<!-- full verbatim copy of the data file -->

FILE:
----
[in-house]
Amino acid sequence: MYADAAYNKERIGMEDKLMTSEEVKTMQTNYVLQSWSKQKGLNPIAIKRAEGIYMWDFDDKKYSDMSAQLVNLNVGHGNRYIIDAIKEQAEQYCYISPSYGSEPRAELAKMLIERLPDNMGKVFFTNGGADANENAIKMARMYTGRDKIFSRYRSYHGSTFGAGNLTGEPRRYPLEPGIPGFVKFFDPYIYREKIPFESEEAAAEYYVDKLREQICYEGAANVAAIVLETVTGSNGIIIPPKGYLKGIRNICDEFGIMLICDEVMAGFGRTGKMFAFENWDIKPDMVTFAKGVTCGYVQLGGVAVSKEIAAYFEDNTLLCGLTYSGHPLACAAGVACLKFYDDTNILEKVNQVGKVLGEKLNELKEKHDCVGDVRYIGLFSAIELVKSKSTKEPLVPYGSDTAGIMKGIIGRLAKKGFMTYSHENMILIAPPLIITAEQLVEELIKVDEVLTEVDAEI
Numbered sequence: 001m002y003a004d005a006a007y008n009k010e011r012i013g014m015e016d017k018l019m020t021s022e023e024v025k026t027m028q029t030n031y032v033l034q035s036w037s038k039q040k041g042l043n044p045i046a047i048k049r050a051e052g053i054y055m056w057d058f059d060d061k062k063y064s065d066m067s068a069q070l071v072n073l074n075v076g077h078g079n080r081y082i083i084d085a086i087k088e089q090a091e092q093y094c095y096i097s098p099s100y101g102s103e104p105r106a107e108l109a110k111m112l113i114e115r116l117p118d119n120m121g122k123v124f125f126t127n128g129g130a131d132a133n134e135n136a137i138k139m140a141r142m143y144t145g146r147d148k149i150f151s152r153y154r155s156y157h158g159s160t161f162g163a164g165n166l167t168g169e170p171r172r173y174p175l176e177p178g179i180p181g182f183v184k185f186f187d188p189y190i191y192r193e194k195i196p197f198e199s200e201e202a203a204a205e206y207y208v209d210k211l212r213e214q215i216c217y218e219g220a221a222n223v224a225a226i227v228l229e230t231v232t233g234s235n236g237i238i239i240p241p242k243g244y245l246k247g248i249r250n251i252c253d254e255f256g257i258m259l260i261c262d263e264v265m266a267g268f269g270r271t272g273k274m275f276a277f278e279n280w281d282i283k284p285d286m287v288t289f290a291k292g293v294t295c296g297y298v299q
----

[in-house]
Amino acid sequence: MYADAAYNKERIGMEDKLMTSEEVKTMQTNYVLQSWSKQKGLNPIAIKRAEGIYMWDFDDKKYSDMSAQLVNLNVGHGNRYIIDAIKEQAEQYCYISPSYGSEPRAELAKMLIERLPDNMGKVFFTNGGADANENAIKMARMYTGRDKIFSRYRSYHGSTFGAGNLTGEPRRYPLEPGIPGFVKFFDPYIYREKIPFESEEAAAEYYVDKLREQICYEGAANVAAIVLETVTGSNGIIIPPKGYLKGIRNICDEFGIMLICDEVMAGFGRTGKMFAFENWDIKPDMVTFAKGVTCGYVQLGGVAVSKEIAAYFEDNTLLCGLTYSGHPLACAAGVACLKFYDDTNILEKVNQVGKVLGEKLNELKEKHDCVGDVRYIGLFSAIELVKSKSTKEPLVPYGSDTAGIMKGIIGRLAKKGFMTYSHENMILIAPPLIITAEQLVEELIKVDEVLTEVDAEI
Numbered sequence: 001m002y003a004d005a006a007y008n009k010e011r012i013g014m015e016d017k018l019m020t021s022e023e024v025k026t027m028q029t030n031y032v033l034q035s036w037s038k039q040k041g042l043n044p045i046a047i048k049r050a051e052g053i054y055m056w057d058f059d060d061k062k063y064s065d066m067s068a069q070l071v072n073l074n075v076g077h078g079n080r081y082i083i084d085a086i087k088e089q090a091e092q093y094c095y096i097s098p099s100y101g102s103e104p105r106a107e108l109a110k111m112l113i114e115r116l117p118d119n120m121g122k123v124f125f126t127n128g129g130a131d132a133n134e135n136a137i138k139m140a141r142m143y144t145g146r147d148k149i150f151s152r153y154r155s156y157h158g159s160t161f162g163a164g165n166l167t168g169e170p171r172r173y174p175l176e177p178g179i180p181g182f183v184k185f186f187d188p189y190i191y192r193e194k195i196p197f198e199s200e201e202a203a204a205e206y207y208v209d210k211l212r213e214q215i216c217y218e219g220a221a222n223v224a225a226i227v228l229e230t231v232t233g234s235n236g237i238i239i240p241p242k243g244y245l246k247g248i249r250n251i252c253d254e255f256g257i258m259l260i261c262d263e264v265m266a267g268f269g270r271t272g273k274m275f276a277f278e279n280w281d282i283k284p285d286m287v288t289f290a291k292g293v294t295c296g297y298v299q